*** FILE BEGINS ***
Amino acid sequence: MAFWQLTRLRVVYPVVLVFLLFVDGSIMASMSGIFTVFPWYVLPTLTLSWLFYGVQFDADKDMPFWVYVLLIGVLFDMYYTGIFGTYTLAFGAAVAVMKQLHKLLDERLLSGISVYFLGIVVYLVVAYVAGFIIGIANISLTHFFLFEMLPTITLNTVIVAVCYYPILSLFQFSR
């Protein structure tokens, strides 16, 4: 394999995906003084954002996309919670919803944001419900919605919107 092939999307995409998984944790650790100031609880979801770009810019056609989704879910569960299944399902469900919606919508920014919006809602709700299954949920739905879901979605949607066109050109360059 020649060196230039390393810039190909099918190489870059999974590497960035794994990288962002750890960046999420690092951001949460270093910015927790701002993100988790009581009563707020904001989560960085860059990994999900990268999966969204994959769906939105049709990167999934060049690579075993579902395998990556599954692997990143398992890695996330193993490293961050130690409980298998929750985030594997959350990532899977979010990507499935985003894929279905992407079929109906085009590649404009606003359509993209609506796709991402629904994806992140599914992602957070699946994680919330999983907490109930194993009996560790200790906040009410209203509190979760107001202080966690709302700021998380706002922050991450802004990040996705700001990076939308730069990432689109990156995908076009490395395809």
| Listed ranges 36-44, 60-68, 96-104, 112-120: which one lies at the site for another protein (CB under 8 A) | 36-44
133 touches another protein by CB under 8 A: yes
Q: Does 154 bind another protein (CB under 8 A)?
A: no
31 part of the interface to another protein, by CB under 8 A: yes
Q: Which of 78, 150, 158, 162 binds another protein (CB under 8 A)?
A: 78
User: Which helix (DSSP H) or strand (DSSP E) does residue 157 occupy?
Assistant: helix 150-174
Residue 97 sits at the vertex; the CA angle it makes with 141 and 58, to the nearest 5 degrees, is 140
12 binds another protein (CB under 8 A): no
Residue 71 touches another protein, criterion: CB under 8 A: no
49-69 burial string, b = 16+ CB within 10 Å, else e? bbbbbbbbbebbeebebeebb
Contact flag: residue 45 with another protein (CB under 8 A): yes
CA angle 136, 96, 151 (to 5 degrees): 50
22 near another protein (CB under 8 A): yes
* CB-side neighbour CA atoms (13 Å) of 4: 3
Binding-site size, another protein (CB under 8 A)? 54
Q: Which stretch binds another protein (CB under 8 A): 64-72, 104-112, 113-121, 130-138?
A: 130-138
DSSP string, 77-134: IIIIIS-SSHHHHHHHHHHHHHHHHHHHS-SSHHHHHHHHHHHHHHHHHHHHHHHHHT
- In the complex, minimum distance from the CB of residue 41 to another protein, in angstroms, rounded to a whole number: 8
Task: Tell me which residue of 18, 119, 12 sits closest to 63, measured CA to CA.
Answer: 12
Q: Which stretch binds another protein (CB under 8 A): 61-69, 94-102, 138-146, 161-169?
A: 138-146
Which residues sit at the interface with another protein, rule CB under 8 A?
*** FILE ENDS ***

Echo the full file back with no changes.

Amino acid sequence: MAFWQLTRLRVVYPVVLVFLLFVDGSIMASMSGIFTVFPWYVLPTLTLSWLFYGVQFDADKDMPFWVYVLLIGVLFDMYYTGIFGTYTLAFGAAVAVMKQLHKLLDERLLSGISVYFLGIVVYLVVAYVAGFIIGIANISLTHFFLFEMLPTITLNTVIVAVCYYPILSLFQFSR
């Protein structure tokens, strides 16, 4: 394999995906003084954002996309919670919803944001419900919605919107 092939999307995409998984944790650790100031609880979801770009810019056609989704879910569960299944399902469900919606919508920014919006809602709700299954949920739905879901979605949607066109050109360059 020649060196230039390393810039190909099918190489870059999974590497960035794994990288962002750890960046999420690092951001949460270093910015927790701002993100988790009581009563707020904001989560960085860059990994999900990268999966969204994959769906939105049709990167999934060049690579075993579902395998990556599954692997990143398992890695996330193993490293961050130690409980298998929750985030594997959350990532899977979010990507499935985003894929279905992407079929109906085009590649404009606003359509993209609506796709991402629904994806992140599914992602957070699946994680919330999983907490109930194993009996560790200790906040009410209203509190979760107001202080966690709302700021998380706002922050991450802004990040996705700001990076939308730069990432689109990156995908076009490395395809």
| Listed ranges 36-44, 60-68, 96-104, 112-120: which one lies at the site for another protein (CB under 8 A) | 36-44
133 touches another protein by CB under 8 A: yes
Q: Does 154 bind another protein (CB under 8 A)?
A: no
31 part of the interface to another protein, by CB under 8 A: yes
Q: Which of 78, 150, 158, 162 binds another protein (CB under 8 A)?
A: 78
User: Which helix (DSSP H) or strand (DSSP E) does residue 157 occupy?
Assistant: helix 150-174
Residue 97 sits at the vertex; the CA angle it makes with 141 and 58, to the nearest 5 degrees, is 140
12 binds another protein (CB under 8 A): no
Residue 71 touches another protein, criterion: CB under 8 A: no
49-69 burial string, b = 16+ CB within 10 Å, else e? bbbbbbbbbebbeebebeebb
Contact flag: residue 45 with another protein (CB under 8 A): yes
CA angle 136, 96, 151 (to 5 degrees): 50
22 near another protein (CB under 8 A): yes
* CB-side neighbour CA atoms (13 Å) of 4: 3
Binding-site size, another protein (CB under 8 A)? 54
Q: Which stretch binds another protein (CB under 8 A): 64-72, 104-112, 113-121, 130-138?
A: 130-138
DSSP string, 77-134: IIIIIS-SSHHHHHHHHHHHHHHHHHHHS-SSHHHHHHHHHHHHHHHHHHHHHHHHHT
- In the complex, minimum distance from the CB of residue 41 to another protein, in angstroms, rounded to a whole number: 8
Task: Tell me which residue of 18, 119, 12 sits closest to 63, measured CA to CA.
Answer: 12
Q: Which stretch binds another protein (CB under 8 A): 61-69, 94-102, 138-146, 161-169?
A: 138-146
Which residues sit at the interface with another protein, rule CB under 8 A?